Want to fix a bug in Pootle? Want to change the behaviour of an existing feature or add new ones? This section is all about hacking on Pootle, so if you are interested on the topic, keep reading.

Before doing anything

Before starting any actual work on the source code, make sure that:

  • There is nobody working on the bug you are trying to fix. See the existing bug reports and the existing pull requests. In the situation where somebody else is working on a fix, you can always offer your help.
  • If you plan to develop a new feature and want to include it upstream, please first discuss it with the developers on the Pootle development channel or in the translate-pootle mailing list so that it doesn’t interfere in current development plans. Also note that adding new features is relatively easy, but keeping them updated is harder.

Environment setup

Although Pootle should only be deployed to production on a Linux server, it is possible to get a viable development environment up and running on Windows with some slightly different steps.


Any time you want to fix a bug or work on a new feature, create a new local branch:

$ git checkout -b <my_new_branch>

Then safely work there, create the needed commits and once the work is ready for being incorporated upstream, either:

  • Push the changes to your own GitHub fork and send us a pull request, or
  • Create a patch against the HEAD of the master branch using git diff or git format-patch and attach it to the affected issue.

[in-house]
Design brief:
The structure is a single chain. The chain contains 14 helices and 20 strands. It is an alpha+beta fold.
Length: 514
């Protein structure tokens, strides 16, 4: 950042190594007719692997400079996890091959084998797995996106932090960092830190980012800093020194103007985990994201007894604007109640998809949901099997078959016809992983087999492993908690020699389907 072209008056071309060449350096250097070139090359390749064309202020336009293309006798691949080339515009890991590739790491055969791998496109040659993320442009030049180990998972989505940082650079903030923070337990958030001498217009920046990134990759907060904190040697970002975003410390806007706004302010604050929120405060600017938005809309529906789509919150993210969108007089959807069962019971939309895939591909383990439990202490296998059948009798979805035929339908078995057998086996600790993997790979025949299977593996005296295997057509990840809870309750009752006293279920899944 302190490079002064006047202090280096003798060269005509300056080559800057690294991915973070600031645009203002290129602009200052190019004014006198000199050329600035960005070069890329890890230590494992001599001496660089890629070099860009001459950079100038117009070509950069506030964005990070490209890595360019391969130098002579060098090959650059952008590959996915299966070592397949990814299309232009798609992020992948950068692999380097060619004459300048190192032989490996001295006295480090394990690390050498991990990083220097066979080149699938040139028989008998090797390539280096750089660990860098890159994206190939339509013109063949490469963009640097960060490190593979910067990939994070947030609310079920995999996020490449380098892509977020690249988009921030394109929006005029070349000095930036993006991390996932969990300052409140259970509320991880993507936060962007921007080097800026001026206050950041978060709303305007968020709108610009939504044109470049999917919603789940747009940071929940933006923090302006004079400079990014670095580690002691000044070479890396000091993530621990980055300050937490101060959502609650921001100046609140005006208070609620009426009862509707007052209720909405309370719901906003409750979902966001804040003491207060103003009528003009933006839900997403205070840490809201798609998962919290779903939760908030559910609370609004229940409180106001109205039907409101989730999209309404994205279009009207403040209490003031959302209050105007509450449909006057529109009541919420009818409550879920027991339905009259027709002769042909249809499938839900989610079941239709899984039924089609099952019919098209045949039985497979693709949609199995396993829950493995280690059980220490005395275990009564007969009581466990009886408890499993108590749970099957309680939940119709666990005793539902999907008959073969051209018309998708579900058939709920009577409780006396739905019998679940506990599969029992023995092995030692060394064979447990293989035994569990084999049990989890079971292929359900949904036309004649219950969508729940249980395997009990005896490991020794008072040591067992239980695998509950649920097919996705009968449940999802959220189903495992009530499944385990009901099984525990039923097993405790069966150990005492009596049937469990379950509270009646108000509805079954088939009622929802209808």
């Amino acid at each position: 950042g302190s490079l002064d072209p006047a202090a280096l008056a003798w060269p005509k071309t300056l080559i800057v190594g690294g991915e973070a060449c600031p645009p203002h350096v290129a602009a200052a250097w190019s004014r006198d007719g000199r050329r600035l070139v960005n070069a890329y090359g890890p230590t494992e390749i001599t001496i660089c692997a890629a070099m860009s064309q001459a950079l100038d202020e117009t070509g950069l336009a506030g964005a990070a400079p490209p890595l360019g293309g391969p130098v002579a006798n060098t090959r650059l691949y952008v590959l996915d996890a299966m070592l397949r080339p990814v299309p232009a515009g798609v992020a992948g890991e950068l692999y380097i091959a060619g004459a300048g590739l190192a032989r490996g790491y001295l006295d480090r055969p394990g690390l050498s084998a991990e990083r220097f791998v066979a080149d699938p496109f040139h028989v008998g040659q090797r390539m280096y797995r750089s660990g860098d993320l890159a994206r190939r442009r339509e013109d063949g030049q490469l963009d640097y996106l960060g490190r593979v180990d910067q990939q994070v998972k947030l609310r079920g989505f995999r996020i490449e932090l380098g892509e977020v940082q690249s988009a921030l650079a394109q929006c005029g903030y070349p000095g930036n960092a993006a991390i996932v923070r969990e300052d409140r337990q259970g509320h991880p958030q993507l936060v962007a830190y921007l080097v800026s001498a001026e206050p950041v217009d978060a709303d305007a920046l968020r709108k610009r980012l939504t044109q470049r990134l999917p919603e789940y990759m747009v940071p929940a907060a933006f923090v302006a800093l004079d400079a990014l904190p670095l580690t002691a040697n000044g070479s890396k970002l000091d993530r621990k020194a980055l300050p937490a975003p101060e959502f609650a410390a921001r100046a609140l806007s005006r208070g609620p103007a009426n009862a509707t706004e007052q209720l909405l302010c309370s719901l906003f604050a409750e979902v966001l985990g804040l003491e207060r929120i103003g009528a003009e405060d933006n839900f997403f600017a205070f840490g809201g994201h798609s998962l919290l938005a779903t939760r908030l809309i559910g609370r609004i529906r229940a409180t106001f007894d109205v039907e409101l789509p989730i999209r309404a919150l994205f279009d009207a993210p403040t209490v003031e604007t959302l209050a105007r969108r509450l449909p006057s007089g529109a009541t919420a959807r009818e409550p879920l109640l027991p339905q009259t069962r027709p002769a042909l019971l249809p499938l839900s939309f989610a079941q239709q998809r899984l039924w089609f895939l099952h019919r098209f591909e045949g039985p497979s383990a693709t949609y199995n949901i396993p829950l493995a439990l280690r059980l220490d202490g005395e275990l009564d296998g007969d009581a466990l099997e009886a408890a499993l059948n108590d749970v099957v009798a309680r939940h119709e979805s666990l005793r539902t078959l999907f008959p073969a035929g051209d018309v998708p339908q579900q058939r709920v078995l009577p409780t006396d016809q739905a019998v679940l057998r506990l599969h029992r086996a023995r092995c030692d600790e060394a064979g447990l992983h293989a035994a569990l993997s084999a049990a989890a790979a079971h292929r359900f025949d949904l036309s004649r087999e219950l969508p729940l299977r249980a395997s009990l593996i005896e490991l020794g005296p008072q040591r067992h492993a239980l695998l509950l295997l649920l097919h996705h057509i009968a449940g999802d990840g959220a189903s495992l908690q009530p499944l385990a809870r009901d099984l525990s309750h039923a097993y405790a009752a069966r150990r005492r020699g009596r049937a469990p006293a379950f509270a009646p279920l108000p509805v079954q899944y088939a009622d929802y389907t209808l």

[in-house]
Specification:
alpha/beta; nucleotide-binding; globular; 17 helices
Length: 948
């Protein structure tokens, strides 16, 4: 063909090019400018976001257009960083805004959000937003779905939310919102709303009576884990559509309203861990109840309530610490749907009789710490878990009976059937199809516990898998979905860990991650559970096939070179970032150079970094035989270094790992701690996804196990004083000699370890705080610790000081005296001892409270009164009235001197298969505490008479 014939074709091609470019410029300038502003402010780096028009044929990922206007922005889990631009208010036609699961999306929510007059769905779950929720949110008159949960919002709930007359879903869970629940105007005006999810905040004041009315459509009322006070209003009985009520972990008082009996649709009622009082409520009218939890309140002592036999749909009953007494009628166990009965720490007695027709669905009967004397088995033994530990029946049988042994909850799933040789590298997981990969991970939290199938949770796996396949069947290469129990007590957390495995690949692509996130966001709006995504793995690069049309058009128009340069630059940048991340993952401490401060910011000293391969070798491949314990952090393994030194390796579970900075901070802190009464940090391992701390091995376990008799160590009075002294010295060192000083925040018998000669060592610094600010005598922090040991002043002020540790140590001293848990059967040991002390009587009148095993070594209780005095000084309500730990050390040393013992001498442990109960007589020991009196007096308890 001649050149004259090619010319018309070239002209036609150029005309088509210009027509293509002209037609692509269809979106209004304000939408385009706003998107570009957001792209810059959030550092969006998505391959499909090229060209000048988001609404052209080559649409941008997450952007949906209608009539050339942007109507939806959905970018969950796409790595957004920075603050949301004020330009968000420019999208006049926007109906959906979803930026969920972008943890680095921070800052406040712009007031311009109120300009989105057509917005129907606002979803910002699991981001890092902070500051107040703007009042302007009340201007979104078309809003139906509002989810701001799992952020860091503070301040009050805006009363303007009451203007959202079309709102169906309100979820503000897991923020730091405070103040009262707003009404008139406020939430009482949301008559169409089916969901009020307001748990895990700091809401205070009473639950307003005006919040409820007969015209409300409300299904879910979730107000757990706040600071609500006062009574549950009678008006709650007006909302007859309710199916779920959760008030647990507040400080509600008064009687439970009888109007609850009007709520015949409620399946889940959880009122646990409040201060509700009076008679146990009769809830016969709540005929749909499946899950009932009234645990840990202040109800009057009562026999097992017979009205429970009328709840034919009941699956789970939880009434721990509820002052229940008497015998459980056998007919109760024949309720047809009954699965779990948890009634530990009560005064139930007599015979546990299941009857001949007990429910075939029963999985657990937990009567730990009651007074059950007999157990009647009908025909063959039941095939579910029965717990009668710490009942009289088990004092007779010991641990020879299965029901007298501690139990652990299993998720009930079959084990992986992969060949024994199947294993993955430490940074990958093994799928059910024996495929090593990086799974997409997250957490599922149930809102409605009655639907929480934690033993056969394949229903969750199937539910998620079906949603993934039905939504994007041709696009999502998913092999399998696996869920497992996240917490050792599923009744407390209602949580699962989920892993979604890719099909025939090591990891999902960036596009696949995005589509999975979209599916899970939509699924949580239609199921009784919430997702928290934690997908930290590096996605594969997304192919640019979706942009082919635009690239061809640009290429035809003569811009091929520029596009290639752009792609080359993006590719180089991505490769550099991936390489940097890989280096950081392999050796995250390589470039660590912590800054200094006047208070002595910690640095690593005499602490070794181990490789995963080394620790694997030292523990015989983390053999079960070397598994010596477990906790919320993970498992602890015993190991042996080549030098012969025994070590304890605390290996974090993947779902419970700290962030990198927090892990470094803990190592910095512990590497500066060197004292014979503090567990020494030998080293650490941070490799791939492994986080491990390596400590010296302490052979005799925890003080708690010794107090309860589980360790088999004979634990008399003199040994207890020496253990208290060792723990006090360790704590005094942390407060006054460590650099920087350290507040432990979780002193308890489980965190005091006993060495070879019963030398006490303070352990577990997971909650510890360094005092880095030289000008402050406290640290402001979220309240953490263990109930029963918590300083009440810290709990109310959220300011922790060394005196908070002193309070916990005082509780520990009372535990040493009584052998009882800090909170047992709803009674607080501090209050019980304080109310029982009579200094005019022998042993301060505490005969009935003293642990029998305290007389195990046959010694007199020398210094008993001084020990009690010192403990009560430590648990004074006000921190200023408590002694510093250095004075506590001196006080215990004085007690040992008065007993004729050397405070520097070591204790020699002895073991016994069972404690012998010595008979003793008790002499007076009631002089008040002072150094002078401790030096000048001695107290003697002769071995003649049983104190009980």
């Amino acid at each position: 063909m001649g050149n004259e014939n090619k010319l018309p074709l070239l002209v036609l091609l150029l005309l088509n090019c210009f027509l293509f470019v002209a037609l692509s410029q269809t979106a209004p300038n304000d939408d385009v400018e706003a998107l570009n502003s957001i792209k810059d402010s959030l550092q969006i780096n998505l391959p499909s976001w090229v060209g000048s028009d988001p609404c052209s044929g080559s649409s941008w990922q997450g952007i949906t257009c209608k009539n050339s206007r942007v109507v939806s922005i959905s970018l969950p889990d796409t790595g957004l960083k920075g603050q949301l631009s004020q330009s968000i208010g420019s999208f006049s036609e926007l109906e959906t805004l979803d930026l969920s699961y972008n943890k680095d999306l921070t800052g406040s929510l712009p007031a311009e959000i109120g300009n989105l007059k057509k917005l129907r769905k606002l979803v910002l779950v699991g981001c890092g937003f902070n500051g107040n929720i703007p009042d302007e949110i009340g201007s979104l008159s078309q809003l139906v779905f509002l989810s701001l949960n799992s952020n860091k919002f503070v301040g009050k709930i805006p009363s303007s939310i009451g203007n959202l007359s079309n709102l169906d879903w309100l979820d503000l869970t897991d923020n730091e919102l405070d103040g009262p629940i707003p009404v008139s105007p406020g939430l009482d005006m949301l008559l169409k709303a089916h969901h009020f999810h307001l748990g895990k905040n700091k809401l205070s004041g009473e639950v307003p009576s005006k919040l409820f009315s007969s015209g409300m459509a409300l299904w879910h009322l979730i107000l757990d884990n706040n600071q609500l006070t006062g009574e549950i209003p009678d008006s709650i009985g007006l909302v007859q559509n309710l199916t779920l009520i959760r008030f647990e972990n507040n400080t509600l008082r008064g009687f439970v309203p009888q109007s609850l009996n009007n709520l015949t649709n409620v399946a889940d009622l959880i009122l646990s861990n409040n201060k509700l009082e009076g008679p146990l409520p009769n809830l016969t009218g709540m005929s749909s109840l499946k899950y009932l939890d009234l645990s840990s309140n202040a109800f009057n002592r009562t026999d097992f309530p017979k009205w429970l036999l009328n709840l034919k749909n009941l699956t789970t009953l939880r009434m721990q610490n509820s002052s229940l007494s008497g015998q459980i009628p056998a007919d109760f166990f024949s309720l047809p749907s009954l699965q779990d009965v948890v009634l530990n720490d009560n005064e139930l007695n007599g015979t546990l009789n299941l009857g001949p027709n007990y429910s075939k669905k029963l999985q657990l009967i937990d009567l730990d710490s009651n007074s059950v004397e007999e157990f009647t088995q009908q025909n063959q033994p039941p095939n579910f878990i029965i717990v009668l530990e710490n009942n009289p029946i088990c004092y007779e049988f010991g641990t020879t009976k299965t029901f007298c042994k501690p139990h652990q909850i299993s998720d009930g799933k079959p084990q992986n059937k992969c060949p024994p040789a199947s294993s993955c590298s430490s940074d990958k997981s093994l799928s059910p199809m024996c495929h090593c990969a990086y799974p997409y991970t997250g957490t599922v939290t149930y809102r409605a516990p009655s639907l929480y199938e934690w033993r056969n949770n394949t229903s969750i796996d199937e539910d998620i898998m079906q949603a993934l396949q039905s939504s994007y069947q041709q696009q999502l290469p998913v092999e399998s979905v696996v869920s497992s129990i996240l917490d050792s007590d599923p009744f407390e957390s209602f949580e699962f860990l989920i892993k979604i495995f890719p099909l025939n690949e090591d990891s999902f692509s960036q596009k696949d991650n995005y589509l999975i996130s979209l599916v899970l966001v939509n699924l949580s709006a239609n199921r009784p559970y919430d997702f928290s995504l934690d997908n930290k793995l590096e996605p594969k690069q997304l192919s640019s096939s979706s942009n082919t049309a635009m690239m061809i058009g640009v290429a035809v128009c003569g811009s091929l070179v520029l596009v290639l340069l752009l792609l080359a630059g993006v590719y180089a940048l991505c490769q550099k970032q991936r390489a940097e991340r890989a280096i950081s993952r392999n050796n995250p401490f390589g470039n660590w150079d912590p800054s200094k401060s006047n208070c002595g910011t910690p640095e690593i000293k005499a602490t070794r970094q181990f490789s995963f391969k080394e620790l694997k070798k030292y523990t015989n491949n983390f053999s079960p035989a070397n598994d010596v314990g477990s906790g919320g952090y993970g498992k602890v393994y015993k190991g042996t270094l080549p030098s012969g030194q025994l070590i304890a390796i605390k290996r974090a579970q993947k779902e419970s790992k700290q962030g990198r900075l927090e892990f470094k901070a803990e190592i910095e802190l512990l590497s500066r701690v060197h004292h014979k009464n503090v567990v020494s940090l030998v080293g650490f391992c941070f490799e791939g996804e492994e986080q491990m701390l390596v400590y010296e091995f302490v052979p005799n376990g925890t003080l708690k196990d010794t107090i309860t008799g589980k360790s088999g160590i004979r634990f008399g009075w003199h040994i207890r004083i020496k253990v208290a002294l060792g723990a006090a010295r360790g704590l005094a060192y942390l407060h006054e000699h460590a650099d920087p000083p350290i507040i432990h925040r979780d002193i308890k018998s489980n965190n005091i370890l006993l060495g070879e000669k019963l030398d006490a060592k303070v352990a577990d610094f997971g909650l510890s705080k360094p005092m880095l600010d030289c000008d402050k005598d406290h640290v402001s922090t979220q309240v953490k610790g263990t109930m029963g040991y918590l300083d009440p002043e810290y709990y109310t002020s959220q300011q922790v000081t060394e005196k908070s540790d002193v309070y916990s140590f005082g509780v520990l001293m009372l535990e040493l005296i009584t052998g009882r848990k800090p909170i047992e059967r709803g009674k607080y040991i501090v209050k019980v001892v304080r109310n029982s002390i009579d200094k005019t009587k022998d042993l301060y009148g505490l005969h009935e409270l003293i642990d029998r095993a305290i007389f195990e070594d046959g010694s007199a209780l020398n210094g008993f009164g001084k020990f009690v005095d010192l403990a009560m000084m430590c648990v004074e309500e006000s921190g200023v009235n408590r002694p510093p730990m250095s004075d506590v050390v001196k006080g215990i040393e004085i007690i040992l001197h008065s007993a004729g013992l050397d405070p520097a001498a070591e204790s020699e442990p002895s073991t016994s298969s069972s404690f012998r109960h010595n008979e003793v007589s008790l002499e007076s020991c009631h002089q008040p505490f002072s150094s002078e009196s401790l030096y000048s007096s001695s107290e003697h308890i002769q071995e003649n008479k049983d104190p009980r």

When creating commits take into account the following:

What to commit

As far as possible, try to commit individual changes in individual commits. Where different changes depend on each other, but are related to different parts of a problem / solution, try to commit them in quick succession.

If a change in the code requires some change in the documentation then all those changes must be in the same commit.

If code and documentation changes are unrelated then it is recommended to put them in separate commits, despite that sometimes it is acceptable to mix those changes in the same commit, for example cleanups changes both in code and documentation.

Commit messages

Begin the commit message with a single short (less than 50 character) line summarizing the change, followed by a blank line and then a more thorough (and sometimes optional) description.


Another example:

Factor out common behavior for whatever

These reduces lines of code to maintain, and eases a lot the maintenance

Also was partially reworked to ease extending it in the future.

If your change fixes a bug in the tracker, mention the bug number. This way the bug is automatically closed after merging the commit.

Docs: Update code for this thing

Now the docs are exact and represent the actual behavior introduced in
commits ef4517ab and abc361fd.

Fixes #2399

If you are reverting a previous commit, mention the sha1 revision that is being reverted.

Revert "Fabric: Cleanup to use the new setup command"

This reverts commit 5c54bd4.